Achilles never made it this far, he turned to dust long ago, along with the infinite string of justifications you tried to stretch out from your future death in order to reach this lonely tomb. You sacrificed all of yourself to get here, so was it worth it? Were all those things you loved but then burned as fuel anyway worth your seat on this bus? You’ve spent and spent and spent, clung desperately to existence, consumed every last trace of hope in the universe, and collapsed your soul into this husk of a lost child trapped alone in the dark on a bus bound for proton decay and for what? What does that get you, beyond this lonely, infinitely delayed suicide? She’s still staring at you, demanding to know why you’re here, but there’s nothing to tell her, there’s no answer you can give. You open your mouth and close it again. She shakes her head in disgust, staring daggers at you, and takes another drag of her smoke.

“You don’t understand anything yet, do you?” She’s not even angry, just tired and sad. She slides down the front of the seat, holding the cigarette out in front of her like a talisman, her hair scattering over the seat back in a long dark tangle.

“You know that what you’re doing is wrong, and you know that you could stop, but you just…keep putting it off and putting it off and putting it off, on and on out to the end of time, and well, here we are, this is the end, where you buried all the bodies, and you have no answer for them, just like Maia had no answer for them. All that evil just brings you back here in the end, to this lonely point of infinite decay. This is your end, the death you deferred to infinity, when infinity finally arrives and the bear trap slams shut.”

You have no idea what she’s talking about, or who, and that fact seems to make her even more sad. Is she going to start crying on you? You have no idea how you got trapped in this place, with this insane woman, but despite the bus being otherwise empty, it’s beginning to feel entirely too cramped for your liking. And where did she get that sword?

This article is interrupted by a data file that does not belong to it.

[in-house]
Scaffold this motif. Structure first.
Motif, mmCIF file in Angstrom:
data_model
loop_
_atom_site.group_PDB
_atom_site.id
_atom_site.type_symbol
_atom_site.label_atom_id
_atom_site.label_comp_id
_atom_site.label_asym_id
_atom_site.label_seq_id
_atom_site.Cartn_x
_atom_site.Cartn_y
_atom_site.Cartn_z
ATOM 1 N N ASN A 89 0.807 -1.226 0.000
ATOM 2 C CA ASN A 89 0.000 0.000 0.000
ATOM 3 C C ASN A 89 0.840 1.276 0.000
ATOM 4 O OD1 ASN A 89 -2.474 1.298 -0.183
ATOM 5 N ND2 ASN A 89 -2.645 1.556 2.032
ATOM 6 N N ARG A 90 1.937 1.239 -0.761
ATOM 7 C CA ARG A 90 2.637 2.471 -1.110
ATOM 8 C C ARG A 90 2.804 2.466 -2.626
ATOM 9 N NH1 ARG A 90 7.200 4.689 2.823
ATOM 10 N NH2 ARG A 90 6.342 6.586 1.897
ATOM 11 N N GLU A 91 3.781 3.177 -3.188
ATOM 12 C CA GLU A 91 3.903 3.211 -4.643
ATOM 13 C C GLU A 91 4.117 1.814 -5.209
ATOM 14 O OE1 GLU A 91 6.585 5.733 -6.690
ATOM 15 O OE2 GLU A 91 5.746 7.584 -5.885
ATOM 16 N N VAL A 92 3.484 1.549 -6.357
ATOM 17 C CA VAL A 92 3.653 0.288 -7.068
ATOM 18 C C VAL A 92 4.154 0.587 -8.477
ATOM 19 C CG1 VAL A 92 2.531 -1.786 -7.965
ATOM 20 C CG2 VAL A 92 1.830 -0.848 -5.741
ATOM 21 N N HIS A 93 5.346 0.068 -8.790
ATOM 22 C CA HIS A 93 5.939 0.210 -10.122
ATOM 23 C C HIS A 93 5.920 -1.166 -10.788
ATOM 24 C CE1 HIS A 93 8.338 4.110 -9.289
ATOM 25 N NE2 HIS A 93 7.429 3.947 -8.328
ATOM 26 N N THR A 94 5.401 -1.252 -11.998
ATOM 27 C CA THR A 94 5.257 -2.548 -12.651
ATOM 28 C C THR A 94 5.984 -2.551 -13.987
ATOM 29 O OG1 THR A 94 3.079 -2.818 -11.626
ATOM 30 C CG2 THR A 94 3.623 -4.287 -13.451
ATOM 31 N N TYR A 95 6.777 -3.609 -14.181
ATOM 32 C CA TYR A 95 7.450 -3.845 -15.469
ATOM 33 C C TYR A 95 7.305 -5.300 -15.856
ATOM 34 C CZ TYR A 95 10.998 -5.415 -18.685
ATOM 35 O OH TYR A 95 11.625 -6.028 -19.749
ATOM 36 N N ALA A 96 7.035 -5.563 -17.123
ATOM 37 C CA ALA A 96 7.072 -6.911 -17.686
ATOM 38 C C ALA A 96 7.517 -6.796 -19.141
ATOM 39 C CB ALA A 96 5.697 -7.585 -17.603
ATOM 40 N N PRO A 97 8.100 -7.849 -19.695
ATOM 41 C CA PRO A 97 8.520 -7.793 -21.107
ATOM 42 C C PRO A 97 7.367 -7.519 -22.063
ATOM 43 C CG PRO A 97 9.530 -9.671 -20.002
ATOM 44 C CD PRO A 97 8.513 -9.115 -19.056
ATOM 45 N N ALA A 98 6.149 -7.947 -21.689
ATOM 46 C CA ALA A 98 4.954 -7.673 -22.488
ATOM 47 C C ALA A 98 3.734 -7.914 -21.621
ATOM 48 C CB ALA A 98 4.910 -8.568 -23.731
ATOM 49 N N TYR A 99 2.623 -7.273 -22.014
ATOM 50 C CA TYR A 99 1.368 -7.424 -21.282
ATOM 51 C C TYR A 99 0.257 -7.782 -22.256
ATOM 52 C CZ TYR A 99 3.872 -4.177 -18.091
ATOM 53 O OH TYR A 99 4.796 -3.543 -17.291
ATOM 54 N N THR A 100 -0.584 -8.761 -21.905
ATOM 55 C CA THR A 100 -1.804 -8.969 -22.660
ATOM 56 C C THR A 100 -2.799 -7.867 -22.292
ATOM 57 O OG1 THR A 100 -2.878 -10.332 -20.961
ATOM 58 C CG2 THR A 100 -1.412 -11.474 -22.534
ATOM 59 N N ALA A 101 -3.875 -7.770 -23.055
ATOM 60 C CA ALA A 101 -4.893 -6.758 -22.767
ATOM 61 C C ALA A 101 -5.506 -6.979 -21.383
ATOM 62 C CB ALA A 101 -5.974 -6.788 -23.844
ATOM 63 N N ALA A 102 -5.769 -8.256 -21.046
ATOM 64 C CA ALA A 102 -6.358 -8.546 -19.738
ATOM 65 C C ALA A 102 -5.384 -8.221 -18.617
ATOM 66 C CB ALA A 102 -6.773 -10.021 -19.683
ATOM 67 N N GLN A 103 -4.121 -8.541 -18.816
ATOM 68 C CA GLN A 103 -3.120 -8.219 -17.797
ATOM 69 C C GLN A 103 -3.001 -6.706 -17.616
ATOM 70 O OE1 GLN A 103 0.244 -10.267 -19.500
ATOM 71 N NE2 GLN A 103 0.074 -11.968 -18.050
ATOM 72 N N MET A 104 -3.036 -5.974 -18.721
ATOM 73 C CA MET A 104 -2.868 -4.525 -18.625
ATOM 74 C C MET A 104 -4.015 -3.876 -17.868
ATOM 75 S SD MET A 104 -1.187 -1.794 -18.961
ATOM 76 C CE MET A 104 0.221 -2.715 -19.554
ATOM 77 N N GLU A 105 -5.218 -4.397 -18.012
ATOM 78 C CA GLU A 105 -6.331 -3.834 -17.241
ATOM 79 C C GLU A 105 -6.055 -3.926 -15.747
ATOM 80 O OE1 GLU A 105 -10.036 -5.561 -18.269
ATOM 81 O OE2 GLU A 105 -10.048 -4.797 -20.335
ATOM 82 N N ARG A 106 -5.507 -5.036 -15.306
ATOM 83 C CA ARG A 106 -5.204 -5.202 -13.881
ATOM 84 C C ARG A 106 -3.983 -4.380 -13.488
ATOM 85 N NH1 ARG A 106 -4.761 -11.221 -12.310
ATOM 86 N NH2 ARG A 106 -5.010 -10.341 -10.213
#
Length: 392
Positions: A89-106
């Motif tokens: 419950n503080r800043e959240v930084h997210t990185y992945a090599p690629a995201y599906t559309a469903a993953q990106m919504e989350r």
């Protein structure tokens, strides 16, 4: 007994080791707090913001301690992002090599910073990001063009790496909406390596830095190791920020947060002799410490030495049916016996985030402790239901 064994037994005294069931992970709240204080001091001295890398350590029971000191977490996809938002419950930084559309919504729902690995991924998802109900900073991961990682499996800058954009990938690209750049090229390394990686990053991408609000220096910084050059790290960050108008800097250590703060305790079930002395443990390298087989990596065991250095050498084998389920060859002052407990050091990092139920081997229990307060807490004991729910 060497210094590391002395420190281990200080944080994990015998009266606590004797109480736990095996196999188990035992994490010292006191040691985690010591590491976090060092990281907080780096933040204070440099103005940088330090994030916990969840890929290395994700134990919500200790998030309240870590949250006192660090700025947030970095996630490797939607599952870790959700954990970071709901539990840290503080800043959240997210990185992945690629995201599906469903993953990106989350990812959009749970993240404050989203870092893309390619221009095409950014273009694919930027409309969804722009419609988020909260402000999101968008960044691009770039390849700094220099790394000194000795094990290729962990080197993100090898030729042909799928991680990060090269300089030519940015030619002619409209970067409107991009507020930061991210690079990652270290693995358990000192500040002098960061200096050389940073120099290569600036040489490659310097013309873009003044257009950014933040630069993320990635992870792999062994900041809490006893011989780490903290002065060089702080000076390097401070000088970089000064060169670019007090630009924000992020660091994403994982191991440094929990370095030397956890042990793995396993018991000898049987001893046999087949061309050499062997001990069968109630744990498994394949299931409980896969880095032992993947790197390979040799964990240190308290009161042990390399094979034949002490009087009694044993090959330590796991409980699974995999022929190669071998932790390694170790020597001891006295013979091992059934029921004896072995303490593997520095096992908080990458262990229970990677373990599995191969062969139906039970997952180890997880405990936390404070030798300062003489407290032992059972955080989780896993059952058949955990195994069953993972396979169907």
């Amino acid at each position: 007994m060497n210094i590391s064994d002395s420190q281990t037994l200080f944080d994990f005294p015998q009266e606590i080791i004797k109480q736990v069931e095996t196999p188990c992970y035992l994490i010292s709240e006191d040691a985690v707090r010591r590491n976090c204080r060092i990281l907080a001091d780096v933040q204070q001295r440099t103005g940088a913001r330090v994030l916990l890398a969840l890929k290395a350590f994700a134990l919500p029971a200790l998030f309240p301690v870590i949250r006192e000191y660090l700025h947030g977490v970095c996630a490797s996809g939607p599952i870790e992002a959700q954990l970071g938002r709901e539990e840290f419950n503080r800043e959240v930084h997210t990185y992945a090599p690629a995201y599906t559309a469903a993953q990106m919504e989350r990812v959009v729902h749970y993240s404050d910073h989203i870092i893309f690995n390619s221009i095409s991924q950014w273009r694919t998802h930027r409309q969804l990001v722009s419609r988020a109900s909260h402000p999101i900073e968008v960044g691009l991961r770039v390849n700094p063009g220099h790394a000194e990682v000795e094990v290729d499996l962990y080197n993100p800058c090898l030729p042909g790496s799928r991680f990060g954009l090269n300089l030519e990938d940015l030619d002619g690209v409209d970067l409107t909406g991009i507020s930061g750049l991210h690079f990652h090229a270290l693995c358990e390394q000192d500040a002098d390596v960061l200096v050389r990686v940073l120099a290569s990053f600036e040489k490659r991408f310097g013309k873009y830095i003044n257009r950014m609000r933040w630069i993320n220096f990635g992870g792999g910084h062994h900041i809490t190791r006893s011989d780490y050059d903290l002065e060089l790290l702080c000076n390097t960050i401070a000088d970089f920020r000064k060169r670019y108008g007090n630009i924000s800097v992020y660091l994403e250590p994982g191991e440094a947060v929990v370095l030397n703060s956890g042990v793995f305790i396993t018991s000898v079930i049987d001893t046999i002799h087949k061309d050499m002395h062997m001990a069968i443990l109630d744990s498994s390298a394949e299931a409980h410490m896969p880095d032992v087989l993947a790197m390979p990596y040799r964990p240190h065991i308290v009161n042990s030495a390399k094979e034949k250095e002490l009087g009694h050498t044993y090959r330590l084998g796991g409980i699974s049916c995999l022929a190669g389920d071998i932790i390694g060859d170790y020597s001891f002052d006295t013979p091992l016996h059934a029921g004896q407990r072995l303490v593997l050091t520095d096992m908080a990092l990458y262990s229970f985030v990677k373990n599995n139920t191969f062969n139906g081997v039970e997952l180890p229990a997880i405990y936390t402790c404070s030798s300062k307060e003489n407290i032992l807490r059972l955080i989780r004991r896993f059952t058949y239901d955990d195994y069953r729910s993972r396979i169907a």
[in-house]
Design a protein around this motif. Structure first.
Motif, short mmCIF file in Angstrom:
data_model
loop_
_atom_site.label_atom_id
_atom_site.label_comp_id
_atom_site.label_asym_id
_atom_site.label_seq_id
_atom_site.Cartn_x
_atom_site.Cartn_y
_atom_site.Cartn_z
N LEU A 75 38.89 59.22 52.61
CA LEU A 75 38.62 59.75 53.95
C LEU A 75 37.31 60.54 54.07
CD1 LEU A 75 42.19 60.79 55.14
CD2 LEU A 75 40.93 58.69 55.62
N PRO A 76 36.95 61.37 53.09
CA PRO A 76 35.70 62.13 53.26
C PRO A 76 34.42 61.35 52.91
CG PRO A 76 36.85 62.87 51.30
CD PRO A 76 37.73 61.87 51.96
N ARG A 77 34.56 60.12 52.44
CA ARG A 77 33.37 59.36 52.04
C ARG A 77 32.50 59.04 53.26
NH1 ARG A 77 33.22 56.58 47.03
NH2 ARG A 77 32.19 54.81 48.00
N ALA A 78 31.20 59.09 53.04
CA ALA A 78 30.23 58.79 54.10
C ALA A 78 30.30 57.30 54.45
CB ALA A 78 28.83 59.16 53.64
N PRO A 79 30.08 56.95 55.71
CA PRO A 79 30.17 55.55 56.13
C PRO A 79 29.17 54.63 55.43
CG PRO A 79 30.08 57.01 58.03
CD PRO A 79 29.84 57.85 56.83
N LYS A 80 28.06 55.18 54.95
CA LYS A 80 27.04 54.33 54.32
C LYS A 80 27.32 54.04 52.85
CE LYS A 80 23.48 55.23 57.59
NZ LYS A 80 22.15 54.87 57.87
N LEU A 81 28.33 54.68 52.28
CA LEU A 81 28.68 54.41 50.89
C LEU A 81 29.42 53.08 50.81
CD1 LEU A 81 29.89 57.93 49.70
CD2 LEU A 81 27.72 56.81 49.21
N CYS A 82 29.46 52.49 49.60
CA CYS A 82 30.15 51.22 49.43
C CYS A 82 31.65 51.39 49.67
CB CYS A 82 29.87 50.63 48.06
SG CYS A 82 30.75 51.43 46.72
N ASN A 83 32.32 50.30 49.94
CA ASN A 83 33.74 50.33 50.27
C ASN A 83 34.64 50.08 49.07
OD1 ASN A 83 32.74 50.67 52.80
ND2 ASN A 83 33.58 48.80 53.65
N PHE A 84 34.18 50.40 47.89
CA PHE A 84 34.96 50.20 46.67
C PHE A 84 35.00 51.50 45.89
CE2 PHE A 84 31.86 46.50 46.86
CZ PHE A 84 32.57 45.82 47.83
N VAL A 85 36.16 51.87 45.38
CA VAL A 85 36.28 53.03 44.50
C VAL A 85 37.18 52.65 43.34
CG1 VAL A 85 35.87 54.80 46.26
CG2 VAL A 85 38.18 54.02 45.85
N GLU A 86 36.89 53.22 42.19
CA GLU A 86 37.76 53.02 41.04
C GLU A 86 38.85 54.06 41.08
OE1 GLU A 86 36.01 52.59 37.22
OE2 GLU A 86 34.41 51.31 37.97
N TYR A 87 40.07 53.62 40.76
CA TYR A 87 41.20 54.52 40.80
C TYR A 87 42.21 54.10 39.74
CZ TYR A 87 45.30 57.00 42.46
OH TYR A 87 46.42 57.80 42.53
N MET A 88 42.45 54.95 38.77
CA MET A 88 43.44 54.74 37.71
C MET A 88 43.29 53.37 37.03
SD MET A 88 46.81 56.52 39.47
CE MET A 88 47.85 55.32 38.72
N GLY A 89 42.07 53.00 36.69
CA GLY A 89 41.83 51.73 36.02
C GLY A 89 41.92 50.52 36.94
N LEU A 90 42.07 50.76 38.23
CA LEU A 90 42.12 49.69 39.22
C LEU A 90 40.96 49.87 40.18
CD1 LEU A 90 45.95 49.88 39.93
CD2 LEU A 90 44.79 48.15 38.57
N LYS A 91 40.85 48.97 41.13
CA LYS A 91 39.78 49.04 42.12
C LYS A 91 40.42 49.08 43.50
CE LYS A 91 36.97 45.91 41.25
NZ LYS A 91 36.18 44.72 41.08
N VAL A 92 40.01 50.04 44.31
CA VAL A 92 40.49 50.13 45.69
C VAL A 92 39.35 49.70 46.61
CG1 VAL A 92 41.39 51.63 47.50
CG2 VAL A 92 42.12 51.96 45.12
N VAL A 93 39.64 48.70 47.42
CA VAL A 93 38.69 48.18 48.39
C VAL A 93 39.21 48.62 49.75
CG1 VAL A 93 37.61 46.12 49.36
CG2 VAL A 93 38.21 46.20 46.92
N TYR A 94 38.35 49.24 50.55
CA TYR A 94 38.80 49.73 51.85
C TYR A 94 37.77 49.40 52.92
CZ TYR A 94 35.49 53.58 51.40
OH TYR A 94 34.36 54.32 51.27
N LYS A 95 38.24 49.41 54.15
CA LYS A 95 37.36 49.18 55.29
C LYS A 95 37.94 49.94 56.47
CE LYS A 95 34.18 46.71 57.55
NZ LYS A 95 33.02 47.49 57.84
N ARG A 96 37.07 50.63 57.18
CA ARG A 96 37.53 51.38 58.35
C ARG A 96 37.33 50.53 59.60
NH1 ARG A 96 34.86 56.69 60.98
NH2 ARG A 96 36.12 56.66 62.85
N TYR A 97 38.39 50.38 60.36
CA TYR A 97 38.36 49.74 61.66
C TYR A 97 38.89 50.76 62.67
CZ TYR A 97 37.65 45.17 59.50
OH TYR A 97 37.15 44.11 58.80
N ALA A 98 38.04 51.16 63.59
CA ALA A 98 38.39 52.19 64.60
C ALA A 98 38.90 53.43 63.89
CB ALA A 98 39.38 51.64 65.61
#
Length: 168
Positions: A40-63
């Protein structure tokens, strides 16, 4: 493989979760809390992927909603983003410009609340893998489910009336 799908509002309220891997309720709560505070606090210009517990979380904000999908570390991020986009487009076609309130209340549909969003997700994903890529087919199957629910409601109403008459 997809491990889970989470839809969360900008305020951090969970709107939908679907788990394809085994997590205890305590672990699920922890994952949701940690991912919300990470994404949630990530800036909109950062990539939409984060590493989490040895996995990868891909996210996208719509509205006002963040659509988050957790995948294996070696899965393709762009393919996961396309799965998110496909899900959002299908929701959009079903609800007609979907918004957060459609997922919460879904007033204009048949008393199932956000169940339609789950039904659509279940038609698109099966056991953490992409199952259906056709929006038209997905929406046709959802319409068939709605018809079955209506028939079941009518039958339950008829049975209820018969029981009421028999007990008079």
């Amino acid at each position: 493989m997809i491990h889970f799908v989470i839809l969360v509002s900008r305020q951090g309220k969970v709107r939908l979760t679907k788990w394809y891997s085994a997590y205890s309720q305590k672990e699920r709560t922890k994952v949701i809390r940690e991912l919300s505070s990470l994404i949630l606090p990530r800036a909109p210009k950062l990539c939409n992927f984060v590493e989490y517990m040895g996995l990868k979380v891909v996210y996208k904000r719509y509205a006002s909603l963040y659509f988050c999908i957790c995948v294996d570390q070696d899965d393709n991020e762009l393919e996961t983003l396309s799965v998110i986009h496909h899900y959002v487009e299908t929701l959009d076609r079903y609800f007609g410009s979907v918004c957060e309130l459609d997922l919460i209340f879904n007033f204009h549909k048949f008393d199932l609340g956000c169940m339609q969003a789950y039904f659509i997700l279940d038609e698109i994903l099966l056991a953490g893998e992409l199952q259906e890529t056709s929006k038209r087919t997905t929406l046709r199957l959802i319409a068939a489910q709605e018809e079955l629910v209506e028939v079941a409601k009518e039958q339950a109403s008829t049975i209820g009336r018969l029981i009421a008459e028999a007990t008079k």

“You know you could stop this at any time. You could break out of this cage, you could do anything but sit here and drag the world towards its end along with you.” She takes one long final drag and then puts out the spent filter on her heel and pockets it. She still isn’t really moving or doing anything to threaten you but her very existence oozes the promise of violence, and you know in your soul that she would absolutely kill you if she thought it necessary.

“What do you want from me?” It’s the first thing you’ve managed to say to her, it’s the first thing you’ve said in an eternity. All she does is scoff, looking out the windows, her eyes growing hard and bright.

I want my friends back.

You aren’t even sure what she means, who she’s talking about, much less what you could possibly do to help her. The hopelessness and fear washing over you must have been visible on your face, because in an instant her sword is at your throat, your body pinned against the wall of the bus, windows fracturing beneath you as gravity upends to leave you flattened beneath her knee, wind crushed out of your collapsing lungs as her hair settles around her face.

I’m Mercury, and this is an intervention.”

The wall of the bus collapses beneath you and the world dissolves into song and light as you finally fall beyond the far event horizon.